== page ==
This weekend features two conferences at which Berkeley Linguistics will have a major presence, one each in the east and the west:
The Annual Meeting on Phonology, at UC San Diego, features work by faculty Larry Hyman and Jesse Zymet, along with alumni Nik Rolle (PhD 2018, now at Princeton), Hannah Sande (PhD 2017, now at Georgetown), Gabriela Caballero (PhD 2008, now at UCSD), Alan Yu (PhD 2003, now at Chicago), and Eugene Buckley (PhD 1992, now at Penn).
NELS 49, at Cornell, features presentations by graduate students Emily Clem, Schuyler Laparle, and Tessa Scott, along with alum Maziar Toosarvandani (PhD 2010, now at UC Santa Cruz).
When speaking, we dynamically coordinate movements of our jaw, tongue, lips, and larynx. To investigate the neural mechanisms underlying articulation, we used direct cortical recordings from human sensorimotor cortex while participants spoke natural sentences that included sounds spanning the entire English phonetic inventory. We used deep neural networks to infer speakers’ articulator movements from produced speech acoustics.
Phonology is a rapidly changing and increasingly varied field, having traveled quite some distance from its original structuralist and generative underpinnings. In this overview I address the status of underlying representations (URs) in phonology, which have been rejected by a number of researchers working in different frameworks. After briefly discussing the current state of phonology, I survey the arguments in favor of vs. against URs, considering recent surface-oriented critiques and alternatives.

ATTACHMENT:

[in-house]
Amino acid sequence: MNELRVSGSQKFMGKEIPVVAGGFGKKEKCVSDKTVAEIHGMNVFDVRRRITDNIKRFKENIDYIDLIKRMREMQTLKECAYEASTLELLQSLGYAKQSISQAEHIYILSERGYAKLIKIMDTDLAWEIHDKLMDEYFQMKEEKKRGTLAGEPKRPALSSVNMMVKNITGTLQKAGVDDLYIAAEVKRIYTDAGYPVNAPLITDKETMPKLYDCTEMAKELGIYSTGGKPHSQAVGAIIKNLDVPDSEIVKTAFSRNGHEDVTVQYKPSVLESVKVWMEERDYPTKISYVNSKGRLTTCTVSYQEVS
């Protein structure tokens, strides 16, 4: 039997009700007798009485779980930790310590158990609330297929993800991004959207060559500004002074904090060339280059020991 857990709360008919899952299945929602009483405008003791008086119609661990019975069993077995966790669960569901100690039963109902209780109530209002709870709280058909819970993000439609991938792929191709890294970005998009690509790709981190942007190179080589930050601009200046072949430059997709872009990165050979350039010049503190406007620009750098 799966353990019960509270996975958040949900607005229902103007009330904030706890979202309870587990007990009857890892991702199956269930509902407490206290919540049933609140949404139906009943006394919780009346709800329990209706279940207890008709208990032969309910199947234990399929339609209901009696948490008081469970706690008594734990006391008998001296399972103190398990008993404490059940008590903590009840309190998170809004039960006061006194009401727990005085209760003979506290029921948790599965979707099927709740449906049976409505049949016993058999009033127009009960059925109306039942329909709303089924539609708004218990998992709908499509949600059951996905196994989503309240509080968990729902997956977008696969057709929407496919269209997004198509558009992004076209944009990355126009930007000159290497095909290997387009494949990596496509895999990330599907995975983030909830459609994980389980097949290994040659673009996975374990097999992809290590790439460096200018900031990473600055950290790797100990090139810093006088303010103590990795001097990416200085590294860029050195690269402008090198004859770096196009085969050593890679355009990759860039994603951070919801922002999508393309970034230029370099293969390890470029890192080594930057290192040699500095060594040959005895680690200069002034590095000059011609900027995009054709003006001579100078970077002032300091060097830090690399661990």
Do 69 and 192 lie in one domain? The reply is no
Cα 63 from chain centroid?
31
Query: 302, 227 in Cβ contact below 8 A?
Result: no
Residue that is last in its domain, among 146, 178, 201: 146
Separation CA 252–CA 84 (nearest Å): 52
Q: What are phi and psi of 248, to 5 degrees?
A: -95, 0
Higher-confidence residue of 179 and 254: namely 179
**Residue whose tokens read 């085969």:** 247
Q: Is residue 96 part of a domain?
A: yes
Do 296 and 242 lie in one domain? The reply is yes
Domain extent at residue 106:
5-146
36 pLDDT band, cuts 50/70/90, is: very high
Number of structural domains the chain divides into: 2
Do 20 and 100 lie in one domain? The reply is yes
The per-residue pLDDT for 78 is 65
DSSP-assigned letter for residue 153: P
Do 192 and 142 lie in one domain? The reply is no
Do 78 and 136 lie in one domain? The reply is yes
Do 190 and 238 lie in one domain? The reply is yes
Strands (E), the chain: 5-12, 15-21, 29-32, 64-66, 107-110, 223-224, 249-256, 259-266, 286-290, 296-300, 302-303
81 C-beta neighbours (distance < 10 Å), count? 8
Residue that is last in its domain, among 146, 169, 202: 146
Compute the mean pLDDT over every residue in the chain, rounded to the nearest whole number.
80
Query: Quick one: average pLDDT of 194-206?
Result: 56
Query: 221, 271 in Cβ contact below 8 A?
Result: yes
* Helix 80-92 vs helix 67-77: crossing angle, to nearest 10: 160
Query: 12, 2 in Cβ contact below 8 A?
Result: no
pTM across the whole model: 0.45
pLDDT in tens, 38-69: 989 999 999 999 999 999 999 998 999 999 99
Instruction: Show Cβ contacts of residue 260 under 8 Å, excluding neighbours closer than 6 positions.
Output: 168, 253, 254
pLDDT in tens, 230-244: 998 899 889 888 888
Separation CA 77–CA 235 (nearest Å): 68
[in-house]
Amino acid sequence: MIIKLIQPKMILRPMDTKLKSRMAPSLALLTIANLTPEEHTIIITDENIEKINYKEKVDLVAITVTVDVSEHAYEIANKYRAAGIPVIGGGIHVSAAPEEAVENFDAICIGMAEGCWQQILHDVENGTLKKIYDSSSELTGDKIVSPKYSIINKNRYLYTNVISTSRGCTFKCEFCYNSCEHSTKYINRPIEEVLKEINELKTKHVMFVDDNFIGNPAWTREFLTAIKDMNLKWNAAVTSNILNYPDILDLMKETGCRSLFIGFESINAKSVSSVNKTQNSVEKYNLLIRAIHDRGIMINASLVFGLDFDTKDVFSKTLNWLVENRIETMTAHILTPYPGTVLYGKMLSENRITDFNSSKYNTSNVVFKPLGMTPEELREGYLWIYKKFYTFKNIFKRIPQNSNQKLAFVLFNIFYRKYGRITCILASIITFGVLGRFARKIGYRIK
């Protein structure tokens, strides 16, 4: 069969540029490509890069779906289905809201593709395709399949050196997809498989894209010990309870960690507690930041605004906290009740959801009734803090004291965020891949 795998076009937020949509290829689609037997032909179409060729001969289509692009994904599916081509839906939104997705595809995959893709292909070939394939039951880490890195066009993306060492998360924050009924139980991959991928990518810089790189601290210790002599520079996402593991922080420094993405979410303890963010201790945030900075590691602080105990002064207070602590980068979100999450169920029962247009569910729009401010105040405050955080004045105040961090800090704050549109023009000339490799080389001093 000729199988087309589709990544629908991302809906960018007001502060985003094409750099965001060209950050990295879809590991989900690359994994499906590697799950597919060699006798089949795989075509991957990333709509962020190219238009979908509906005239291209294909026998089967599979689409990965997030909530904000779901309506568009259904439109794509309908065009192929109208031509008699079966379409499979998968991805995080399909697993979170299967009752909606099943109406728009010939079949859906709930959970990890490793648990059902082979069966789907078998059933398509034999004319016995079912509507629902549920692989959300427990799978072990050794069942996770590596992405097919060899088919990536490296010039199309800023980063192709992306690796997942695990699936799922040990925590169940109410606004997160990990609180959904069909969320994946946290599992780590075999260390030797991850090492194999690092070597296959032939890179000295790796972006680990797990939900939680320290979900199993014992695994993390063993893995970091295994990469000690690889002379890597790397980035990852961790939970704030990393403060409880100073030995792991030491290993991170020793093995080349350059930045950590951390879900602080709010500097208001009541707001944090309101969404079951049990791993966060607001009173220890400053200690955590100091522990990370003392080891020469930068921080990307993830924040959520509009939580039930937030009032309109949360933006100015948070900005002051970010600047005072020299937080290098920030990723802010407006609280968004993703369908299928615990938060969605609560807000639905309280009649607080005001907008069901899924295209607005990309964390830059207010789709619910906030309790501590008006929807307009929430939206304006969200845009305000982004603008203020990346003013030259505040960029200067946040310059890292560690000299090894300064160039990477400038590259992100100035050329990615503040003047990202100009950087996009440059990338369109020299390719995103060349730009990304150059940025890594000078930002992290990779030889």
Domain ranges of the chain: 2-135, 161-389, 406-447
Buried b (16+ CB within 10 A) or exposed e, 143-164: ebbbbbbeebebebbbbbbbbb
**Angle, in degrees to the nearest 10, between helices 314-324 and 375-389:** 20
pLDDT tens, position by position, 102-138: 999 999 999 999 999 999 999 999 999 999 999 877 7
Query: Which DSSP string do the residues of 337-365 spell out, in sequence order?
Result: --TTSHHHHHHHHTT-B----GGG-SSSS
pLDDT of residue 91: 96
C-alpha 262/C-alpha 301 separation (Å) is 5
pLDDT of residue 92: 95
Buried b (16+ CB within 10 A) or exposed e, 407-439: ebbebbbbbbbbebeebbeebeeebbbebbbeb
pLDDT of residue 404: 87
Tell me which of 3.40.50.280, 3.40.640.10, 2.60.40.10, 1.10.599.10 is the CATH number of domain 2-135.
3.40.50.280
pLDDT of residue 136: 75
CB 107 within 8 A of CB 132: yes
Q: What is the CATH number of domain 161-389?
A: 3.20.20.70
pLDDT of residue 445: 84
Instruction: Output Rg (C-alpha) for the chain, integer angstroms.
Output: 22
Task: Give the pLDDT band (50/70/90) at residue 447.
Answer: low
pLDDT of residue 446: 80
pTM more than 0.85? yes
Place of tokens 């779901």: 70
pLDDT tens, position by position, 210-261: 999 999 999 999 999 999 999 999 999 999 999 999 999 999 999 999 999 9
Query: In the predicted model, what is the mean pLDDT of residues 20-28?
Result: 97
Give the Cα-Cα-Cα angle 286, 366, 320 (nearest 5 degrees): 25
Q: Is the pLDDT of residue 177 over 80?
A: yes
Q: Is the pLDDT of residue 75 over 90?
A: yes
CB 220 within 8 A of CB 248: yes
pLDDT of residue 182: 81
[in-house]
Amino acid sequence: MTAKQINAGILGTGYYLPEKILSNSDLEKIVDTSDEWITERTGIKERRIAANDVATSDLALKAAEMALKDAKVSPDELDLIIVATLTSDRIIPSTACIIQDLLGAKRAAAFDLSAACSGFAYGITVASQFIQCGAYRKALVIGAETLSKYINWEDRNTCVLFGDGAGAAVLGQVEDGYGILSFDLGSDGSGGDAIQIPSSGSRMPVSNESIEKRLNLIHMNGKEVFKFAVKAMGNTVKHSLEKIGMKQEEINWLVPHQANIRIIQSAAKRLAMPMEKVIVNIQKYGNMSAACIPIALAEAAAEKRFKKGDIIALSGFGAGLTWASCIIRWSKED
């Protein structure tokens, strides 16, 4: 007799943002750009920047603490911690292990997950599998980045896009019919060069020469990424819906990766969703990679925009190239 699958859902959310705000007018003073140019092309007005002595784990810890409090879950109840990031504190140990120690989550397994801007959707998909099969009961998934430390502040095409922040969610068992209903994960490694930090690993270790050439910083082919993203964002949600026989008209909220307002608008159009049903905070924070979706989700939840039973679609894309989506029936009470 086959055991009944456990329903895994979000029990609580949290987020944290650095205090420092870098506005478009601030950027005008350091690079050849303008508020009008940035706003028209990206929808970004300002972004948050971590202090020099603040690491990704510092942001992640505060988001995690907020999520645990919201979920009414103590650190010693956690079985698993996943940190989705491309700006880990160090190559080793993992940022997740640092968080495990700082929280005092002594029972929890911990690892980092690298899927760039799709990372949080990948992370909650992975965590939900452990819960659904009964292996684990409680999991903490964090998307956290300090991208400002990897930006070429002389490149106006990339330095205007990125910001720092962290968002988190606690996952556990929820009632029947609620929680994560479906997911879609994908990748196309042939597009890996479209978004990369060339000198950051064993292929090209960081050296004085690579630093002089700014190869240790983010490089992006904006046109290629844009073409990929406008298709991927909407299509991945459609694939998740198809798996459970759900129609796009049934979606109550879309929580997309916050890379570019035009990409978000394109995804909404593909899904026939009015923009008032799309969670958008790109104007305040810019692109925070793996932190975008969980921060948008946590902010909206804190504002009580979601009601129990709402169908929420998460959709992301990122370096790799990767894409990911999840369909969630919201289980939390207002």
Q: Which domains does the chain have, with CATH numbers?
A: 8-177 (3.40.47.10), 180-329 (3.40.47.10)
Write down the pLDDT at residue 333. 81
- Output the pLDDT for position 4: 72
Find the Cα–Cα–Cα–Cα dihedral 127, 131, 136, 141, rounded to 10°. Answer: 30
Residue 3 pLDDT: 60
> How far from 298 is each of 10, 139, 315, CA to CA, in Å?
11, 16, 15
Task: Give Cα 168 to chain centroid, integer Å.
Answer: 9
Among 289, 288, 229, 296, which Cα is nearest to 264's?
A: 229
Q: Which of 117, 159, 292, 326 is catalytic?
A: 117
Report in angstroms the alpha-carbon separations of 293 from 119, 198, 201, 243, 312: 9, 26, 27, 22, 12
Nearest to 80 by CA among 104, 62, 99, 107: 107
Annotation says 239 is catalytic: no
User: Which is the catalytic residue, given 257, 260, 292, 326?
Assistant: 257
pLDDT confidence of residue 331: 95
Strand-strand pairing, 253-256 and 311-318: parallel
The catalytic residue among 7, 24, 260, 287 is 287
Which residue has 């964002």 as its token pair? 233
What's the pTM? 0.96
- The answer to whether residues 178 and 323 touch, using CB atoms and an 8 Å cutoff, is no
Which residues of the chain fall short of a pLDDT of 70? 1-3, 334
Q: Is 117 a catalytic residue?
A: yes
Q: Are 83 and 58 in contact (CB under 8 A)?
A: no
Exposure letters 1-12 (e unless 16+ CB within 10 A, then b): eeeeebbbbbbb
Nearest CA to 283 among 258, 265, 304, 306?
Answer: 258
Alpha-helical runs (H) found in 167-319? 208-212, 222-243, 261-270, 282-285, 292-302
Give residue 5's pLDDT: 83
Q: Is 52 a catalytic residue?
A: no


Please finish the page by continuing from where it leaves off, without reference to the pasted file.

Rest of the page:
In 'Tone: Is it different?' (Hyman 2011a), I suggested that 'tone is like segmental phonology in every way—only more so', emphasizing that there are some things that only tone can do. In this presidential address my focus extends beyond phonology, specifically addressing what tone tells us about the integration (vs. compartmentalization) of grammar. I discuss some rather striking examples that demonstrate problems for the strict separation of phonology, morphology, and syntax, each time posing the question, 'What else is like this outside of tone?'.
Despite earlier work by Trubetzkoy, Jakobson and Greenberg, phonological typologyis often underrepresented in typology textbooks. At the same time, most phonologistsdo not see a difference between phonological typology and cross-linguistic (formal)phonology. The purpose of this book is to bring together leading scholars to addressthe issue of phonological typology, both in terms of the unity and the diversity ofphonological systems.
This article investigates the development of the palatalization contrast in Slavic from diachronic, synchronic, and phonetic perspectives. The diachrony of this contrast is an important test case for theories of the actuation of sound change, since the Slavic language family shows an impressive diversity in the realization of the original contrast, with Russian, for instance, preserving the contrast, Slovak maintaining it only for some consonants, and Slovenian showing complete merger.